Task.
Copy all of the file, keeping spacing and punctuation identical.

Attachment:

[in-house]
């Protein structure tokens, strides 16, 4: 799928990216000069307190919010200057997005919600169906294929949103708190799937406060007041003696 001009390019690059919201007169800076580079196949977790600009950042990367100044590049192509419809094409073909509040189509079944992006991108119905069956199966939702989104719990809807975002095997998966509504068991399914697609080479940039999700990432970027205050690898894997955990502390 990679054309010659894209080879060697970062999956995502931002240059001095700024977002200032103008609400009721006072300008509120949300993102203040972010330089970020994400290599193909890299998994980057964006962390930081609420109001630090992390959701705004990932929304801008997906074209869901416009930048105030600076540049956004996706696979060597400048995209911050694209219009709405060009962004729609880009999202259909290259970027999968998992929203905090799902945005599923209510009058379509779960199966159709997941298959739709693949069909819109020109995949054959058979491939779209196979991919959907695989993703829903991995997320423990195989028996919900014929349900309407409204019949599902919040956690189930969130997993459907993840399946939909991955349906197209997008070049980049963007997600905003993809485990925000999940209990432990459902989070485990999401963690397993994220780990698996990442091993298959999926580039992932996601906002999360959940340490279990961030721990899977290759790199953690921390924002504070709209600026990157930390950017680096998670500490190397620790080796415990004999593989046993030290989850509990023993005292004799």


[in-house]
């Protein structure tokens, strides 16, 4: 799928990216000069307190919010200057997005919600169906294929949103708190799937406060007041003696 001009390019690059919201007169800076580079196949977790600009950042990367100044590049192509419809094409073909509040189509079944992006991108119905069956199966939702989104719990809807975002095997998966509504068991399914697609080479940039999700990432970027205050690898894997955990502390 990679054309010659894209080879060697970062999956995502931002240059001095700024977002200032103008609400009721006072300008509120949300993102203040972010330089970020994400290599193909890299998994980057964006962390930081609420109001630090992390959701705004990932929304801008997906074209869901416009930048105030600076540049956004996706696979060597400048995209911050694209219009709405060009962004729609880009999202259909290259970027999968998992929203905090799902945005599923209510009058379509779960199966159709997941298959739709693949069909819109020109995949054959058979491939779209196979991919959907695989993703829903991995997320423990195989028996919900014929349900309407409204019949599902919040956690189930969130997993459907993840399946939909991955349906197209997008070049980049963007997600905003993809485990925000999940209990432990459902989070485990999401963690397993994220780990698996990442091993298959999926580039992932996601906002999360959940340490279990961030721990899977290759790199953690921390924002504070709209600026990157930390950017680096998670500490190397620790080796415990004999593989046993030290989850509990023993005292004799």